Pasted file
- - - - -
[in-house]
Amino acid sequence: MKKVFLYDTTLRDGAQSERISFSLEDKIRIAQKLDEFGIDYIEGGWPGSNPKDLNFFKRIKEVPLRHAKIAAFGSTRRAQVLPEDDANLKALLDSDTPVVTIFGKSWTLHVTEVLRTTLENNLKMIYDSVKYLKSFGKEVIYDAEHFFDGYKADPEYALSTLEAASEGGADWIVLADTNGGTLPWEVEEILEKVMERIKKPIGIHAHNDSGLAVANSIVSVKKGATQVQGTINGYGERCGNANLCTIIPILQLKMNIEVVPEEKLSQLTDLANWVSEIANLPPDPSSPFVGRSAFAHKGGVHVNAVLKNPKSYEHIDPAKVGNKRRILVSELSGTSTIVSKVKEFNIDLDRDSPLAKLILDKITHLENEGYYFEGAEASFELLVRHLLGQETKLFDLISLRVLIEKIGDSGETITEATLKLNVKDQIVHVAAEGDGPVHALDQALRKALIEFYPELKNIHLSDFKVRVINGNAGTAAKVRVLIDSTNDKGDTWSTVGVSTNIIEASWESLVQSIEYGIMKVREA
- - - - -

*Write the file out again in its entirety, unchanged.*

[in-house]
Amino acid sequence: MKKVFLYDTTLRDGAQSERISFSLEDKIRIAQKLDEFGIDYIEGGWPGSNPKDLNFFKRIKEVPLRHAKIAAFGSTRRAQVLPEDDANLKALLDSDTPVVTIFGKSWTLHVTEVLRTTLENNLKMIYDSVKYLKSFGKEVIYDAEHFFDGYKADPEYALSTLEAASEGGADWIVLADTNGGTLPWEVEEILEKVMERIKKPIGIHAHNDSGLAVANSIVSVKKGATQVQGTINGYGERCGNANLCTIIPILQLKMNIEVVPEEKLSQLTDLANWVSEIANLPPDPSSPFVGRSAFAHKGGVHVNAVLKNPKSYEHIDPAKVGNKRRILVSELSGTSTIVSKVKEFNIDLDRDSPLAKLILDKITHLENEGYYFEGAEASFELLVRHLLGQETKLFDLISLRVLIEKIGDSGETITEATLKLNVKDQIVHVAAEGDGPVHALDQALRKALIEFYPELKNIHLSDFKVRVINGNAGTAAKVRVLIDSTNDKGDTWSTVGVSTNIIEASWESLVQSIEYGIMKVREA